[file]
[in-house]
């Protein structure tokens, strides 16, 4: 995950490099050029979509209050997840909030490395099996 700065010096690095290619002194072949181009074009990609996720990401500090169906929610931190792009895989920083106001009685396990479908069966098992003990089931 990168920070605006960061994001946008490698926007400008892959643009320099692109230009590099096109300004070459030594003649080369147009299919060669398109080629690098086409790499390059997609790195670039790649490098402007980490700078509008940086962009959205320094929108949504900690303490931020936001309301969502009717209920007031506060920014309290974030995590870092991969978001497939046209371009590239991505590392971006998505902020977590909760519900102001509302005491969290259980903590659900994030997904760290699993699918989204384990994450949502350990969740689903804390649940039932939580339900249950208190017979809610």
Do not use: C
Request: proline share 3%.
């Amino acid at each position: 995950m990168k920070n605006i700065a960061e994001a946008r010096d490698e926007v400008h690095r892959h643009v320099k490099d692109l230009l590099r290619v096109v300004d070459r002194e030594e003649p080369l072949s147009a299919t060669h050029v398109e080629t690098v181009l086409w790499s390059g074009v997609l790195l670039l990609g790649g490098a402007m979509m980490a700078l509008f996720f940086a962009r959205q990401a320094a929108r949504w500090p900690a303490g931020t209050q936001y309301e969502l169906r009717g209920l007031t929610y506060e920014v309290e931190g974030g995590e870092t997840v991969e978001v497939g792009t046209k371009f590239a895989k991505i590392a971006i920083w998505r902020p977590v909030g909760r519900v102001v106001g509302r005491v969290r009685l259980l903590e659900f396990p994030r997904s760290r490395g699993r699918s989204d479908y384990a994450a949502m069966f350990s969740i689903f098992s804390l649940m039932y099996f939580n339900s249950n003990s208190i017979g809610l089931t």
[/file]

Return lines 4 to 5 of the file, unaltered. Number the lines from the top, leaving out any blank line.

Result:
Request: proline share 3%.
């Amino acid at each position: 995950m990168k920070n605006i700065a960061e994001a946008r010096d490698e926007v400008h690095r892959h643009v320099k490099d692109l230009l590099r290619v096109v300004d070459r002194e030594e003649p080369l072949s147009a299919t060669h050029v398109e080629t690098v181009l086409w790499s390059g074009v997609l790195l670039l990609g790649g490098a402007m979509m980490a700078l509008f996720f940086a962009r959205q990401a320094a929108r949504w500090p900690a303490g931020t209050q936001y309301e969502l169906r009717g209920l007031t929610y506060e920014v309290e931190g974030g995590e870092t997840v991969e978001v497939g792009t046209k371009f590239a895989k991505i590392a971006i920083w998505r902020p977590v909030g909760r519900v102001v106001g509302r005491v969290r009685l259980l903590e659900f396990p994030r997904s760290r490395g699993r699918s989204d479908y384990a994450a949502m069966f350990s969740i689903f098992s804390l649940m039932y099996f939580n339900s249950n003990s208190i017979g809610l089931t």